Chinese efforts to influence Australian higher education run in parallel with a steady intensification of “ideological education” in the PRC, together with attempts to shape how China is seen by the world through Confucius Institutes, the Chinese Students and Scholars Association (CSSA), and other “soft power” bodies, notes Jonathan Benney, a lecturer in Chinese Studies at Monash University.
In order to understand Beijing’s efforts to expand its international influence it is necessary to examine the power of propaganda in China’s domestic political system, Kingsley Edney argues in The Globalization of Chinese Propaganda: International Power and Domestic Political Cohesion.
It’s wrong to assume that China’s rise is only about its economy, says Hugh White, an ANU professor of strategic studies. “One thing Xi Jinping has to do to legitimize the Chinese Communist Party is not just keep the economy growing, but assert its place in the world,” he says.
China is using its economic muscle to expand its influence and undermine democracy, often employing what the National Endowment for Democracy’s Christopher Walker and Jessica Ludwig call “sharp power.”
China is also strategically growing its use of soft power in other fast-growing markets — namely African economies, analyst Dale Mathias writes for The Hill.
Yet the authoritarian political system of the Chinese Communist Party (C.C.P.), however, ensures that China’s institutional and ideation influence will remain largely unwelcome beyond its borders, argues Robert Daly, Director of the Kissinger Institute on China and the United States at the Wilson Center. China’s state-regulated culture has limited appeal within its own borders and no audience beyond them, while foreigners rightly view Party media as propaganda organs, he writes for ChinaFile:
China’s conceptual problem with soft power is more profound and paradoxical. Because the Party believes that only authoritarian governance can provide domestic stability and economic development, it has adopted and become acculturated to secretive, repressive modes of governance and styles of communication. When China employs these domestic practices on the global stage, it repulses foreign audiences—even those that welcome Chinese investment. The Party understands this, but cannot adopt a casual tone or engage in open dialogue abroad while retaining hardline policies at home.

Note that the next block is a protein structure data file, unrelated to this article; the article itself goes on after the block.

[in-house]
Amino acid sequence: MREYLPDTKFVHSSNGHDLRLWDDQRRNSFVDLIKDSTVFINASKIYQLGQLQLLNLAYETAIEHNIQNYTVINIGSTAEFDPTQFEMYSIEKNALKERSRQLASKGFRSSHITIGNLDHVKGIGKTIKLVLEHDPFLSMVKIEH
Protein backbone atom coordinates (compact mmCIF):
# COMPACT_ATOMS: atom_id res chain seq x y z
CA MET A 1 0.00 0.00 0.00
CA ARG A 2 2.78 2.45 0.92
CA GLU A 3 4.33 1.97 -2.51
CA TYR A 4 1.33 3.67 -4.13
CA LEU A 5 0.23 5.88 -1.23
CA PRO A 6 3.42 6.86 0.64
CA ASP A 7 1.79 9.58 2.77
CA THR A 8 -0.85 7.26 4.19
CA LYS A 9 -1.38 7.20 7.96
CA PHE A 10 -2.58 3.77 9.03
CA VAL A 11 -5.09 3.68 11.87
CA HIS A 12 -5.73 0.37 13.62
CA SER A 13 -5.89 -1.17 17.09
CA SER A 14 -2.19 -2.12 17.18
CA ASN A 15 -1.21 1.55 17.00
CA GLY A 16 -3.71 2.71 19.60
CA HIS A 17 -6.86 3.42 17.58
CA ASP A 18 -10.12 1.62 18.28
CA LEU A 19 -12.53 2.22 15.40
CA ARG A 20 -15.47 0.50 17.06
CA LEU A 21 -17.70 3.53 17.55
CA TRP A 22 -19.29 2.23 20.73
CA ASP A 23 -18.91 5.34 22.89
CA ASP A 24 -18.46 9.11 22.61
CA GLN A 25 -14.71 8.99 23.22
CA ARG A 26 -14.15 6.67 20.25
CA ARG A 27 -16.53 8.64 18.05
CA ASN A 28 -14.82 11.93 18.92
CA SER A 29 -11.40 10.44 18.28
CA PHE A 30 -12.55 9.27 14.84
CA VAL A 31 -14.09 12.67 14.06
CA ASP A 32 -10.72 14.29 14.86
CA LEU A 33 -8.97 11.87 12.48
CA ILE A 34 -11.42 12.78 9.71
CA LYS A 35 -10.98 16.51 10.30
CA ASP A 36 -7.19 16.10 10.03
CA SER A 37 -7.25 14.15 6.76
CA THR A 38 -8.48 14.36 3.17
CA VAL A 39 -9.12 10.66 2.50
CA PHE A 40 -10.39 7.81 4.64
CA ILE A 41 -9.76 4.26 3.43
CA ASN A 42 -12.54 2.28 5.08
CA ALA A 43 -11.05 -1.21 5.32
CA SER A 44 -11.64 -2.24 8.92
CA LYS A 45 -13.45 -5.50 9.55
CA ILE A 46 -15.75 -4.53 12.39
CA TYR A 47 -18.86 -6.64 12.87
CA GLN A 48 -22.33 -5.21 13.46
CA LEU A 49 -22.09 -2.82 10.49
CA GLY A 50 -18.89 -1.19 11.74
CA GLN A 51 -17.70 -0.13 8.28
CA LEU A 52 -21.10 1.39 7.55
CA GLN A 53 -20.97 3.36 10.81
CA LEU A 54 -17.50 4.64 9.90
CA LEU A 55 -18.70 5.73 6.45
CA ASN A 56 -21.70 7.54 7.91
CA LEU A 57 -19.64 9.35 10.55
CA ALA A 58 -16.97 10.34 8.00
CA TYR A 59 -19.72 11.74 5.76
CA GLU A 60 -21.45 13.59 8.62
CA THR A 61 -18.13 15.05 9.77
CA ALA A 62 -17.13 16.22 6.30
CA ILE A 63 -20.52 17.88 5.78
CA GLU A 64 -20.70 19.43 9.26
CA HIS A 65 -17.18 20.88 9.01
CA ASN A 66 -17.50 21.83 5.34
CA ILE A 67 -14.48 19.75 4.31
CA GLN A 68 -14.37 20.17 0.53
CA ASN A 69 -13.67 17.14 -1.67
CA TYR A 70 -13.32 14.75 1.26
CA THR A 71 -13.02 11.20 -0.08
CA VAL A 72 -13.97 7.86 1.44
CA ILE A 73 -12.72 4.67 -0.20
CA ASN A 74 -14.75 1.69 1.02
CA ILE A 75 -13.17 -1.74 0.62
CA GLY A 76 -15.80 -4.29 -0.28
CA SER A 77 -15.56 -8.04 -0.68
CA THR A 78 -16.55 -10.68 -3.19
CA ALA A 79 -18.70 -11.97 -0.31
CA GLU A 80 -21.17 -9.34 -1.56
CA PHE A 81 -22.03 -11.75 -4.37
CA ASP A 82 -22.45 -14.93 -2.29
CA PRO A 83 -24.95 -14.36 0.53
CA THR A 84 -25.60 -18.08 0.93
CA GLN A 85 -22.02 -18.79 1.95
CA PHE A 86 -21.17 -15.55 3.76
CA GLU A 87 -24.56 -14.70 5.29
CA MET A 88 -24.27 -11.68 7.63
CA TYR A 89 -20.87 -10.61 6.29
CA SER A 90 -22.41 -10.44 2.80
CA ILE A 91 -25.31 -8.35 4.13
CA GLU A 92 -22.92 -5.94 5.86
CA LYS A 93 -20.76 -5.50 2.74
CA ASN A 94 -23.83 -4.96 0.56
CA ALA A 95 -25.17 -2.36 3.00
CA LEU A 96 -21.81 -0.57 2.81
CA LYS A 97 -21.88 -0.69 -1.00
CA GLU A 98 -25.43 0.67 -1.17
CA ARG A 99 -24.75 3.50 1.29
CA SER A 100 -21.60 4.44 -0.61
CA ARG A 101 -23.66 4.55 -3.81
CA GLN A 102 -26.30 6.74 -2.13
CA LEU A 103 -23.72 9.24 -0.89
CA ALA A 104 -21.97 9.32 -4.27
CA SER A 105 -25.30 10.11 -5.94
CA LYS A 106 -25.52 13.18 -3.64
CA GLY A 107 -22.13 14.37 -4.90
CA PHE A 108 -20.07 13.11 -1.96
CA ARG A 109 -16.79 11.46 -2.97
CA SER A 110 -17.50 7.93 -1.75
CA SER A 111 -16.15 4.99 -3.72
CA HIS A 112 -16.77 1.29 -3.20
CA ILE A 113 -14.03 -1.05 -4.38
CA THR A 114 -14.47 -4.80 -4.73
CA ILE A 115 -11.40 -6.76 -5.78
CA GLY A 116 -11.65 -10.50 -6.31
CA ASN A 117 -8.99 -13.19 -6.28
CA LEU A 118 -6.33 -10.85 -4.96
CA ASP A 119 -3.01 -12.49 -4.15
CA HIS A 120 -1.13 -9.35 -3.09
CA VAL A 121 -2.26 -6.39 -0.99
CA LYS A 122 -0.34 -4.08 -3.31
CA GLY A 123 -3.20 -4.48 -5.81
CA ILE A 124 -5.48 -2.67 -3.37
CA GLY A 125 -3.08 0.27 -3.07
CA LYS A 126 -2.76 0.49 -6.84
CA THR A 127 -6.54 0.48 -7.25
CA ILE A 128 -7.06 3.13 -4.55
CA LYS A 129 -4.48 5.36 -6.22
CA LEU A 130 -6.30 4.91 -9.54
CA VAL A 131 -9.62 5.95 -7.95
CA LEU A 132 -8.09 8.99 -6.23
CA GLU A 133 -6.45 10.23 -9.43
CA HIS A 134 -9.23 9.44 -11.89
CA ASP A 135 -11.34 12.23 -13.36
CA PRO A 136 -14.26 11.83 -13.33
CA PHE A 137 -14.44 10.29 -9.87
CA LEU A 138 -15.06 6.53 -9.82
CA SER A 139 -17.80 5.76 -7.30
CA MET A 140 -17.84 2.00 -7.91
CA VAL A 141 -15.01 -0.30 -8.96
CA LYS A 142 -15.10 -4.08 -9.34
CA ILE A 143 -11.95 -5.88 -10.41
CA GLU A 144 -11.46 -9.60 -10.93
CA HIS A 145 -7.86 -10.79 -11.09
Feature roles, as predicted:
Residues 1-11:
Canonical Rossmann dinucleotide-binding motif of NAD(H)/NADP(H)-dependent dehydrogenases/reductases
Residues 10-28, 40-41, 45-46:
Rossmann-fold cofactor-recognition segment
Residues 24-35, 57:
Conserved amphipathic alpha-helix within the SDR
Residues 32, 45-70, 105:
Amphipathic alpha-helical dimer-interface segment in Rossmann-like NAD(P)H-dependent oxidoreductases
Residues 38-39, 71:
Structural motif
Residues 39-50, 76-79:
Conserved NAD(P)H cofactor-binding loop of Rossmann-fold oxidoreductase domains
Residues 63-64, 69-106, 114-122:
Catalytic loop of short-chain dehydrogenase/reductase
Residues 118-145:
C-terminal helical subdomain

Programs include academic exchanges and promotion of language and culture. Among the most visible efforts are Confucius Institutes, government-affiliated teaching and research centres often housed in colleges and universities worldwide. Confucius Classrooms are a similar initiative for primary and secondary schools. There are now 1,579 Confucius Institutes and Confucius Classrooms in operation.
Nevertheless, China was ranked last in Soft Power 30: 2015, the first comprehensive report of the top 30 countries in the world in terms of soft power. It is compiled by the Portland Consulting Group and the University of Southern California Centre on Public Diplomacy, the Straits Times adds.
“China has been making major efforts to increase its ability to influence others without force or coercion,” said Harvard Professor Joseph Nye.
“But as long as the government fans the flames of nationalism and holds tight the reins of party control, China’s soft power will remain limited.”